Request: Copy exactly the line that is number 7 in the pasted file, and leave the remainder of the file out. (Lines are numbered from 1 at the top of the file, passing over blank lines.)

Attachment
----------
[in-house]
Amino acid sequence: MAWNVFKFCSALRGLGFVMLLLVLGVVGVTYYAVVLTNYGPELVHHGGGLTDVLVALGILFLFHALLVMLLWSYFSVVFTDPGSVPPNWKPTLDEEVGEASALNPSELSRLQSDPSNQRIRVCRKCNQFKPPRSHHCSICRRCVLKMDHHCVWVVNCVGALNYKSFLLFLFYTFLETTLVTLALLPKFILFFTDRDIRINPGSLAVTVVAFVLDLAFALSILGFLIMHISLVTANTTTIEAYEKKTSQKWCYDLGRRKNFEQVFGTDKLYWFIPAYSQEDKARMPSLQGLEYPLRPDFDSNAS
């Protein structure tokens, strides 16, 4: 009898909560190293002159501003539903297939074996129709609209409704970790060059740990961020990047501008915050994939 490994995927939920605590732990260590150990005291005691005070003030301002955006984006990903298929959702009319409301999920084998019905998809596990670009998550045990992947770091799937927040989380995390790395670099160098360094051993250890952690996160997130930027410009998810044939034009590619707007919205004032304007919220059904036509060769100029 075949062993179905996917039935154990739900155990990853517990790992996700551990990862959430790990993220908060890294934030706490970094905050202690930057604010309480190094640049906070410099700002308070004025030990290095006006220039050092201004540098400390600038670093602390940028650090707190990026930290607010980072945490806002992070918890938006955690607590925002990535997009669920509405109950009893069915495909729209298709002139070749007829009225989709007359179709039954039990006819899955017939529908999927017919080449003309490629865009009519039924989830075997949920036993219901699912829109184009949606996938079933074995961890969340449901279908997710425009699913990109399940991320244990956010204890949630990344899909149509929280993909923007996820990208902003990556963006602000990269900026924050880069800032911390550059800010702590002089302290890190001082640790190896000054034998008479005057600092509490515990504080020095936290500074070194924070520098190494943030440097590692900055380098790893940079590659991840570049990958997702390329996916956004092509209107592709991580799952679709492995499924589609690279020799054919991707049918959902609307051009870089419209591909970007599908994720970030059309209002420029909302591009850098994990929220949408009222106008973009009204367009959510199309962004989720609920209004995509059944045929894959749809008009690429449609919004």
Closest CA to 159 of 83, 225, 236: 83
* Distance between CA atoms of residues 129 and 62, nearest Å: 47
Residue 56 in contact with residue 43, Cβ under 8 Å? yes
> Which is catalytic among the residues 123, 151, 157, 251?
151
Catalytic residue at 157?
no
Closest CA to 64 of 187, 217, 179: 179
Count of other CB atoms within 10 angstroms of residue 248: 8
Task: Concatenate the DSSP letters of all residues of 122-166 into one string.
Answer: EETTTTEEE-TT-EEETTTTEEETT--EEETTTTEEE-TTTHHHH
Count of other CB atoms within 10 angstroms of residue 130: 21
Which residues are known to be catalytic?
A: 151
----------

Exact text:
> Which is catalytic among the residues 123, 151, 157, 251?